constant cold drizzle. And why are we like that? Sometimes it could be a 
medical problem, but usually it is pride and self-sufficiency. Constant 
worry is "rooted in arrogance that assumes, I know the way my life has 
to go, and God's not getting it right."  
   The main verb in 1 Pet. 5 (a command) is to "humble 
yourselves." Whenever there is a verb followed by a participle, (which means 
it ends in "ing"), the author is telling you how to accomplish the 
command. So here he says the way to humble yourself is by praying your 
anxieties. In other words, don't try to vent your worries to people or 
suppress them and carry them on your own, but pray them. 
   So if it is a sign of humility to cast all of our cares on 
the Lord, it is conversely a sign of pride when you worry. Worry 
denies the care of a sovereign God. One author writes, "Worry is sin 
because it denies the wisdom of God; it says that He doesn't know what 
He's doing. It denies the love of God; it says He does not care. And 
it denies the power of God; it says that He isn't able to deliver 
me from whatever is causing me to worry." Worry is practical 
atheism. Worry gives you delusions of strength and keeps God from working 
on your behalf. 
   Worship and worry cannot stay in the same heart.
   The gospel of Christ says that Christ has carried our 
ultimate trouble...paying for our sins...so we can now carry our smaller 
anxieties to Him. If He went that far to show us His care and love for us, 
will He not care for us in every other way? 
http://www.onelivinghope.com/blog/entry/4/ re 1Pe. 5:6, 7 

   Comfort is a powerful word that means "to strengthen, aid, 
encourage, give hope, alleviate grief, lift one's spirit from loneliness or 
pain." When Paul wrote on comfort in his second letter to the 
Corinthian Christians, he wasn't speaking of it in some hypothetical or 
theoretical way. Paul had experienced profound suffering and trouble, and he 
had received great comfort and encouragement from God and from God's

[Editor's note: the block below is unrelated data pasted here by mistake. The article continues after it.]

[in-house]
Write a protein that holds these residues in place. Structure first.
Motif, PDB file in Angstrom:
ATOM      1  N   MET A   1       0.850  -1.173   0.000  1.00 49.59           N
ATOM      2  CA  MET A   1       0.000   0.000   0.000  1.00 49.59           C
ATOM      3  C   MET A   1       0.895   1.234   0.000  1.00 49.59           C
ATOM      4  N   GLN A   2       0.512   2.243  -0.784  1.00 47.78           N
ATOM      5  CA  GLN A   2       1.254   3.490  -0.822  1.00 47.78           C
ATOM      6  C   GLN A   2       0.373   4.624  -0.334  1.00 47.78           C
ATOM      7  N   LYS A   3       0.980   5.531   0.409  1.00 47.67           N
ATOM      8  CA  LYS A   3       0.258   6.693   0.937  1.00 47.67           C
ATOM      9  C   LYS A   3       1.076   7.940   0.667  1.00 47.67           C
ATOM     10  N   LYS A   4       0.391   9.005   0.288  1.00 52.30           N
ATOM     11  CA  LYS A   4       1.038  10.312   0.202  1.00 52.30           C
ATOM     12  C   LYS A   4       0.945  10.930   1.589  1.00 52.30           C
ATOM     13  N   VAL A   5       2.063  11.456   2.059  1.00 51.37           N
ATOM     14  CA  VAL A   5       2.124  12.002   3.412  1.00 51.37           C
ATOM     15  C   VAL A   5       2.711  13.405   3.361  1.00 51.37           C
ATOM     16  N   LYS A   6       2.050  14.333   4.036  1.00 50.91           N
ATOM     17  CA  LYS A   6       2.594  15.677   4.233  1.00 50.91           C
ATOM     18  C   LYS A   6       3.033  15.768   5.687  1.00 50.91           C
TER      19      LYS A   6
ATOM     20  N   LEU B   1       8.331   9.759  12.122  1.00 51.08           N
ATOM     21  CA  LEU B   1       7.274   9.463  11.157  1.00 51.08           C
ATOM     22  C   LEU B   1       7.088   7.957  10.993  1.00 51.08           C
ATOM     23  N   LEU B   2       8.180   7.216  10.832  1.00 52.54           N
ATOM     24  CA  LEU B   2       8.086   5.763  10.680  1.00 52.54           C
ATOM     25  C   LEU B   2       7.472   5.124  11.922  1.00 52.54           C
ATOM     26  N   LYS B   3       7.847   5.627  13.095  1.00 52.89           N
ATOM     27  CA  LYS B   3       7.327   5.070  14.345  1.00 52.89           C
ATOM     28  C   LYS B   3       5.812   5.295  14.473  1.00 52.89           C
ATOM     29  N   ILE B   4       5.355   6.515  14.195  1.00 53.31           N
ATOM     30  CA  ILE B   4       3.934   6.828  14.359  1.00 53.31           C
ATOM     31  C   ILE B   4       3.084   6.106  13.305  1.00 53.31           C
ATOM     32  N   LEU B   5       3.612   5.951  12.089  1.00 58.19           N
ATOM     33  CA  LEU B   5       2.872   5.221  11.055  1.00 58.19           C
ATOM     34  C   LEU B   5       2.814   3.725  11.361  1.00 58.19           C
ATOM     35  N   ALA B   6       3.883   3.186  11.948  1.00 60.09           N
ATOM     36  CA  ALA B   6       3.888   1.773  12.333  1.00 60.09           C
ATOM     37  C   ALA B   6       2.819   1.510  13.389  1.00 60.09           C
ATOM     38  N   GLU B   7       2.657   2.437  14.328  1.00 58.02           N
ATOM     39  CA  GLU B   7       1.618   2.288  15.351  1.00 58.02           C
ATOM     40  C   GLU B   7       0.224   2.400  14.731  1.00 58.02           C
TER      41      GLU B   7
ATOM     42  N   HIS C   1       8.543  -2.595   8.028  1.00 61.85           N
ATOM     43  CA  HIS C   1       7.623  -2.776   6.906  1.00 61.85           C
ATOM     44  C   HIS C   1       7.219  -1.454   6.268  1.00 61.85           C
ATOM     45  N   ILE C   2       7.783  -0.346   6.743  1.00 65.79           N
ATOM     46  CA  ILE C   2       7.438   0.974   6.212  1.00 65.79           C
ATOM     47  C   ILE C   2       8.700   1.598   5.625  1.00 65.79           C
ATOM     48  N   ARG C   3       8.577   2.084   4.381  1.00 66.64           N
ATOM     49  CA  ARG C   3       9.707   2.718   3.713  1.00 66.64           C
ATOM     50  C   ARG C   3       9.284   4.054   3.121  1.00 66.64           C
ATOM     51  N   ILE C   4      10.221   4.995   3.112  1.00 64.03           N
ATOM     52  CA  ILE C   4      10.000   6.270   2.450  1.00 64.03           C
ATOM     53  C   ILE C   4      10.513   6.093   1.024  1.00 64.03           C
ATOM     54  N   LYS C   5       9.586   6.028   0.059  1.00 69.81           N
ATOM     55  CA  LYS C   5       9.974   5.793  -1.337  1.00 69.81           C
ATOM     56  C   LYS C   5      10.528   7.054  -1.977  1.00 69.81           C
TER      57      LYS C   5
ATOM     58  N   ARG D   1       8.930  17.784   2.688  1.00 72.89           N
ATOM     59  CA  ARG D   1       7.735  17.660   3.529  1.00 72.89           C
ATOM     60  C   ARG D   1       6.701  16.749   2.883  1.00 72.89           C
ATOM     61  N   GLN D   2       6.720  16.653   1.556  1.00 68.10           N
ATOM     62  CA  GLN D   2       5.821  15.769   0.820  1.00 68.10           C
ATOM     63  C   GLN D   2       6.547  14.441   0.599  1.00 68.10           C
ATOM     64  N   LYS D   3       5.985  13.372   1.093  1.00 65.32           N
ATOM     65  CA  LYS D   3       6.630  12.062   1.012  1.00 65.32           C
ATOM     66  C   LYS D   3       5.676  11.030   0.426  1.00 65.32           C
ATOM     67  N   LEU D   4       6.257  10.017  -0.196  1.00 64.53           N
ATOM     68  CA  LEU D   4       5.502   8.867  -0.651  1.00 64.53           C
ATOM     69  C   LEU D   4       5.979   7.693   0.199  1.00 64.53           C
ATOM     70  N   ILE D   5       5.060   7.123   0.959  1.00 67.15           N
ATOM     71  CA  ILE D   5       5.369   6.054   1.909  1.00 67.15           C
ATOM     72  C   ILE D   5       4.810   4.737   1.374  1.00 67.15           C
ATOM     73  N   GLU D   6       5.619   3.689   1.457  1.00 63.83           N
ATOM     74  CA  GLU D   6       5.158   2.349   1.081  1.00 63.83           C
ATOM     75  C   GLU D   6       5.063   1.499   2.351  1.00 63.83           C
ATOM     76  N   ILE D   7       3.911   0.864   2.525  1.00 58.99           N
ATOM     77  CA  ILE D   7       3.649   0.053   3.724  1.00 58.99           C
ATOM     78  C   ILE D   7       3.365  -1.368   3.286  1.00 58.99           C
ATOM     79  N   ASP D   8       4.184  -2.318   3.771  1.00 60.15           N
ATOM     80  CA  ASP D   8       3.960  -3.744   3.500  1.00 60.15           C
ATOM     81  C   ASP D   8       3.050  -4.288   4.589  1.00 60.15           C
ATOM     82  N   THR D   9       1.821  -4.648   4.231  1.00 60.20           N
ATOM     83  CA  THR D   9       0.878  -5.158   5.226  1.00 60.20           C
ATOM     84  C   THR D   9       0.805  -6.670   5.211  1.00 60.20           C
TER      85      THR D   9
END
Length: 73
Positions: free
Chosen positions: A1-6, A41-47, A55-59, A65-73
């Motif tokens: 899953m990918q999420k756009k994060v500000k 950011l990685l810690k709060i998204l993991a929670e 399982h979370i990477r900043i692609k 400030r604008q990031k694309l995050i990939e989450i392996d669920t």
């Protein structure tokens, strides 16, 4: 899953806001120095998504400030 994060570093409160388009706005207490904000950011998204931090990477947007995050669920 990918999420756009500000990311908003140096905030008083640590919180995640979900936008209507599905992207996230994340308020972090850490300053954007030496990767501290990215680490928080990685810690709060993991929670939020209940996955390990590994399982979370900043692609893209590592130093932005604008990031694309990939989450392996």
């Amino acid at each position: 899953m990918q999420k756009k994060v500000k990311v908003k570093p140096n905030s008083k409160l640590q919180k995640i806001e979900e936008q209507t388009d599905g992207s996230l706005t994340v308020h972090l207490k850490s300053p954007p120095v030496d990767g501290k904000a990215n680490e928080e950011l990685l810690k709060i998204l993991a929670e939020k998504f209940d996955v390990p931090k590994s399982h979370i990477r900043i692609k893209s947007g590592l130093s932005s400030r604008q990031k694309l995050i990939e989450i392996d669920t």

people. Paul wanted the believers of that age and all those who followed 
to know that their suffering is never in vain. He was conveying the 
truth that the comfort we receive is part of God's great plan to 
strengthen and help those who are in need. While the source of all comfort 
is God himself, the Father of our Lord Jesus Christ, he gives us 
the privilege of being conduits of his comfort to those we meet. 
   Has God brought comfort and hope to you when you were 
distressed by waves of trials? Has someone's prayer support lifted you up 
in a time of illness or brokenness? God does not intend for that 
comfort to stagnate in our hearts once we receive it. He wants us to 
dispense it to a hurting world. [Praying Through The Bible By Fuller re 
2Co. 1:3, 4] 

   Let My comforts delight your soul. The world presents you 
with a multitude of anxieties - too numerous for you to count. 
Everywhere you turn, you see problems and trouble. In the midst of this 
mess, look to Me for help. Whisper My Name, "Jesus," thus reactivating 
your awareness of My Presence. Your perspective changes dramatically 
as My Presence comes onto the screen of your consciousness, 
lighting up your worldview. My comforts can soothe your troubled heart 
and delight your soul.  
   If the world were perfect, you would never experience the 
pleasure of receiving comfort from Me. Instead of letting problems 
discourage you, use them as reminders to seek Me - My Presence, My Peace, 
My Love. These invisible realities are available to you any time, 
any place, and they provide Joy that no one can take away from you. 
So come to Me when you are weary and burdened; I will provide rest 
for your soul. (Psa. 94:19; John 16:22; Mat. 11:28, 29) [Jesus Today 
by Sarah Young] 


By themselves, suffering and tribulation have no power to make 
men Christ-like. In fact, they make many men morose and bitter. But 
God sanctifies tribulation, and those who find in Him grace and 
strength to endure have solved one of the great problems of life. [SDA 
Bible Commentary] 

Our lives are not problems to be solved but journeys to be taken 
with Jesus as our friend and finest guide. Henri Nouwen 


Importance of Choice: 

Seeking God Video Clip: http://vimeo.com/31489782